to a delicately beautiful sugar bowl. She reached to touch the bowl, saw
his face shadowed again, and drew her hand back.
“I’m sorry,” Storm said. “It’s just so lovely.”
“Yes.” Blake pulled out a chair for her and took one for himself. “Everything about my wife was lovely. She died. Last year.”
“I am so sorry. The song you were playing…”
Blake glanced at her and away. “Hers too. And the guitar. And Ari, for
that matter.” He looked Storm full in the face, pain around his eyes.
“I’m still not over it.“
“Yeah.” She ducked her head from his warm gaze and spun her cup on the tablecloth. “Me, too.”
“Alright then,” Blake flashed his devastating smile again. “Enough said.”
They talked of other things, movies they’d seen, books they’d read, the
oddest animal Storm had ever treated as a vet, the worst job Blake had
ever agreed to do. And began to relax with each other. As Storm drove
out of the drive an hour later, she felt… good. Normal, sort of. And was
glad she hadn’t asked him if he’d found what was in the barn. She let
the night settle around her, felt a simple contentment in the glow of
the headlights, the familiar rattle of her truck. And for a moment she
wasn’t afraid, felt none of the dread that constantly haunted her and
woke her screaming from nightmares.
Something large and fast
dashed suddenly through her headlights. Storm slammed on the brakes. Not
again! This time she didn’t feel the thud of her truck hitting another
animal. She did hear the squeal of an animal in pain and was out of the
truck and running across the ditch in seconds. A mare had run into a
partially downed fence and was fighting with everything she had against a
mass of barbed wire tangling around her legs.
“Whoa, girl, easy, girl.” Storm crooned, approaching the thrashing horse with her hands out, voice calm and soothing.
The mare stopped struggling and stood, her entire body trembling. Her
chest heaved. She snorted, half crouched. Storm laid a soft hand on her
shoulder. The mare shuddered, but stayed, barbs tearing her legs, blood
already pooling on her hooves.
“Damn, damn and damn.” Storm swore softly at the damage. “Hold on, girl. I’ll be back.”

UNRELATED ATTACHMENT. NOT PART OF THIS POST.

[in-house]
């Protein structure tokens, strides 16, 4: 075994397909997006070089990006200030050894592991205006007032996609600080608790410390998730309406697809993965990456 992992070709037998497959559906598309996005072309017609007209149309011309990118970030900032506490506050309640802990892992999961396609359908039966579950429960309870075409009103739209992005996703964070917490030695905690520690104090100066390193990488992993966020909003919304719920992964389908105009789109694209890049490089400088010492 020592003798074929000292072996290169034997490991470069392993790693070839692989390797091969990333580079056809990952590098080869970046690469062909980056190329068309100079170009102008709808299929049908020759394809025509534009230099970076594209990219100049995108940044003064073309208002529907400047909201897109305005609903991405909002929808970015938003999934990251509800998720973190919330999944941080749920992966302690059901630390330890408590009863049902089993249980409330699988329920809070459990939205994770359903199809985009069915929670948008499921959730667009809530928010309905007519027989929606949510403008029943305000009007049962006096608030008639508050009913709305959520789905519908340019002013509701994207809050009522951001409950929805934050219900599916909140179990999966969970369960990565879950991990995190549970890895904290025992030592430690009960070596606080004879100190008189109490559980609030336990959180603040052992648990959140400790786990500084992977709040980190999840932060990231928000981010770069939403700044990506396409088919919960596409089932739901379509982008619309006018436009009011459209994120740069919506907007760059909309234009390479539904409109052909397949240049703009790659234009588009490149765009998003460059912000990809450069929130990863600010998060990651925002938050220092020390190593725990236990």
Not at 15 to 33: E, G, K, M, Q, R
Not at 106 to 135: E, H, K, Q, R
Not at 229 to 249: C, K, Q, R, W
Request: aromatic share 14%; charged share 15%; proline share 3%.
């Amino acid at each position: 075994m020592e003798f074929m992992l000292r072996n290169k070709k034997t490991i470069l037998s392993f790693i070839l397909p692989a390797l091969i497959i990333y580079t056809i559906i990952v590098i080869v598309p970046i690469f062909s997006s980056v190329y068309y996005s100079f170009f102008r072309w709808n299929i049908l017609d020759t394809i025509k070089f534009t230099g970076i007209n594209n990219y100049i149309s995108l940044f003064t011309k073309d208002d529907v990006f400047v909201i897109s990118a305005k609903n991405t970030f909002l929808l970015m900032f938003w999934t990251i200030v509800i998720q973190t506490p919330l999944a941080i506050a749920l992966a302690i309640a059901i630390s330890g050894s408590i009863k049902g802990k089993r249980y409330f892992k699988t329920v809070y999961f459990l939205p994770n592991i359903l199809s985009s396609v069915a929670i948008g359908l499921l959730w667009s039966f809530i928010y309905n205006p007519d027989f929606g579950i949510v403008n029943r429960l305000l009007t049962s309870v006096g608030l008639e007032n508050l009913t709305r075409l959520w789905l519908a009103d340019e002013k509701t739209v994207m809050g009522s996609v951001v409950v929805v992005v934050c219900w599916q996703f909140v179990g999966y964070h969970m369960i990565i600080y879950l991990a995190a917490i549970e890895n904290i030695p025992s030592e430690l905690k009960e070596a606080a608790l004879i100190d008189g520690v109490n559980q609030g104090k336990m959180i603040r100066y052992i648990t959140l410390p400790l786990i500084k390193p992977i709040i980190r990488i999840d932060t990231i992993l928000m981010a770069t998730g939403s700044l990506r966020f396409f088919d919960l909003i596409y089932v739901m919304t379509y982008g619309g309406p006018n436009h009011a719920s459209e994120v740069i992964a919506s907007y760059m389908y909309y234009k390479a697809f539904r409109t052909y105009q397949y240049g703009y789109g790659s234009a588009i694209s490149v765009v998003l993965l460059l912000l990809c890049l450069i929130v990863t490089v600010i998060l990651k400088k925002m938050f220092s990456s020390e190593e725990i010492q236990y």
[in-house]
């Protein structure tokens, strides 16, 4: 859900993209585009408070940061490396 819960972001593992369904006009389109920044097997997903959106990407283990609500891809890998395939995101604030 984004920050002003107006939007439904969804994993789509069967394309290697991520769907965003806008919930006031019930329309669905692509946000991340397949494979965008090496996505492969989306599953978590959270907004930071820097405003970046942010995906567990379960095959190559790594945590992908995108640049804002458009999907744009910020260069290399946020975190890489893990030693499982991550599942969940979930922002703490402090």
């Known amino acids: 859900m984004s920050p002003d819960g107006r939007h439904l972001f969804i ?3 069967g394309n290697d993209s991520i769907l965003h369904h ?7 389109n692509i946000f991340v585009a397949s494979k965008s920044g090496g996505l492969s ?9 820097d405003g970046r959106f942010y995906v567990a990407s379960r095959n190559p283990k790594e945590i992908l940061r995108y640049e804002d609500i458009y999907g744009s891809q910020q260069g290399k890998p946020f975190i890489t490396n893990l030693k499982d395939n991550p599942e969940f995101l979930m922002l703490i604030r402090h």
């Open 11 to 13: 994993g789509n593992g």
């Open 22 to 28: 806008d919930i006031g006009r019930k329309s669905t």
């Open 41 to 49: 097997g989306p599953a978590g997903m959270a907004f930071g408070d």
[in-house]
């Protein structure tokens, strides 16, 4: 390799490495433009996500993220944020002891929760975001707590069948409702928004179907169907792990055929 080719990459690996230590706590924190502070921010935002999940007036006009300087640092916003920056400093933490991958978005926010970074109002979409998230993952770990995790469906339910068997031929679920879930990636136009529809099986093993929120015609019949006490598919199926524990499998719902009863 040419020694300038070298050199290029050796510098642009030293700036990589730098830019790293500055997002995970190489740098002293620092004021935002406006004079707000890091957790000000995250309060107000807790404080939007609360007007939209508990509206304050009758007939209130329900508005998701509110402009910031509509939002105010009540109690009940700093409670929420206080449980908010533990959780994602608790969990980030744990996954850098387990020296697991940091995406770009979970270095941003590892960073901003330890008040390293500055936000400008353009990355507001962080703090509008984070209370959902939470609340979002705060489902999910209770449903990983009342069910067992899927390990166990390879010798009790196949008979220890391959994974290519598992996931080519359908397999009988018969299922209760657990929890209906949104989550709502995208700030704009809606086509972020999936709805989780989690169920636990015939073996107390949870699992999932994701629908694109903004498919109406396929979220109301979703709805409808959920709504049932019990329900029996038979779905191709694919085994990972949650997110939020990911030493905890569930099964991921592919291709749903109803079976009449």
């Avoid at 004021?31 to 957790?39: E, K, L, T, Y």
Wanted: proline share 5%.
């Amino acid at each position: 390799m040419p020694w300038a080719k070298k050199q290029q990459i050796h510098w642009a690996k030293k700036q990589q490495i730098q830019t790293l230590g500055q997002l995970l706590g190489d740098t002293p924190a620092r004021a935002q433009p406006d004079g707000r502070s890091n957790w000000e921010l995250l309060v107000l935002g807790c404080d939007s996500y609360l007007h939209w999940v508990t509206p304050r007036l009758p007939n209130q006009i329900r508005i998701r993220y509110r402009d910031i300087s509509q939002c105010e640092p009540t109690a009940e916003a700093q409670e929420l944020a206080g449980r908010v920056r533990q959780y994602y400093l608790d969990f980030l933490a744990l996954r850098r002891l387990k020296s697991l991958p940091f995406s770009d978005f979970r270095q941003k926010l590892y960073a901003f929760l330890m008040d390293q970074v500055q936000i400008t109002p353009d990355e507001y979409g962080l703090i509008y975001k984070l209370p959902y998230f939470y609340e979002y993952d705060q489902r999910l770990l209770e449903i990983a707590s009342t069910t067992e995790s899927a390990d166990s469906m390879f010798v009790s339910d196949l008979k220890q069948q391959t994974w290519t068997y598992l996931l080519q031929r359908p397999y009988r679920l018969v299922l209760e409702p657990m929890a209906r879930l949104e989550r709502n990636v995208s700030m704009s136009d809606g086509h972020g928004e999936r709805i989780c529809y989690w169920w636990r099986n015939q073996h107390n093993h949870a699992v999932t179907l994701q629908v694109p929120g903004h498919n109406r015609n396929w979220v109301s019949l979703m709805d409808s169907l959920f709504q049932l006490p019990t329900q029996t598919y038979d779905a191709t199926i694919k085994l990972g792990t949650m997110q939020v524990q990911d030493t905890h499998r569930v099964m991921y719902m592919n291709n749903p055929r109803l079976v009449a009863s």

Storm sprinted back to her truck for the gloves and wire cutters she
always kept under the seat. As she returned, the mare began to fight the
“Whoa! Stand!’” Storm commanded, then turned her
voice honeyed and warm. The horse quieted slowly, still edgy, nostrils
flared and huffing gusts of air. Storm could see the white of a wild eye
in the dark. She talked, clipped a strand of wire, stepped closer, ran
her hands over the silken hide, quiet, serene. And the mare stood.
Storm bent to snip the wire around a hind leg. The mare twitched,
jerking her leg but didn’t fight. Storm cleared away another section of
wire, easing the barbs from the tender flesh. As if sensing freedom
near, the mare reared, spun and knocked Storm to the ground with her
hindquarters. Then, with a rapid pounding of hooves, the horse was gone.
So were the wire cutters, lost in the dark grass. And Storm lay bound
in a snare of barbed wire.
Just like before.
screamed and fought, strained every muscle like she did before, ripping
her hands to shreds as the barbs tore her skin, panic crushing her
chest, hysteria rising in her throat. Pain. Blood flowing warm over her
chilled skin. She smelled her own fear, sharp and feral. Just like
before… No dark hell of a barn this time. No bright lights seen through
the broken boards of a roof.
Except… Storm screamed again,
forcing herself into the present. And saw lights in the sky above her,
blinking and flaring as if in distress.
Go to Chapter Four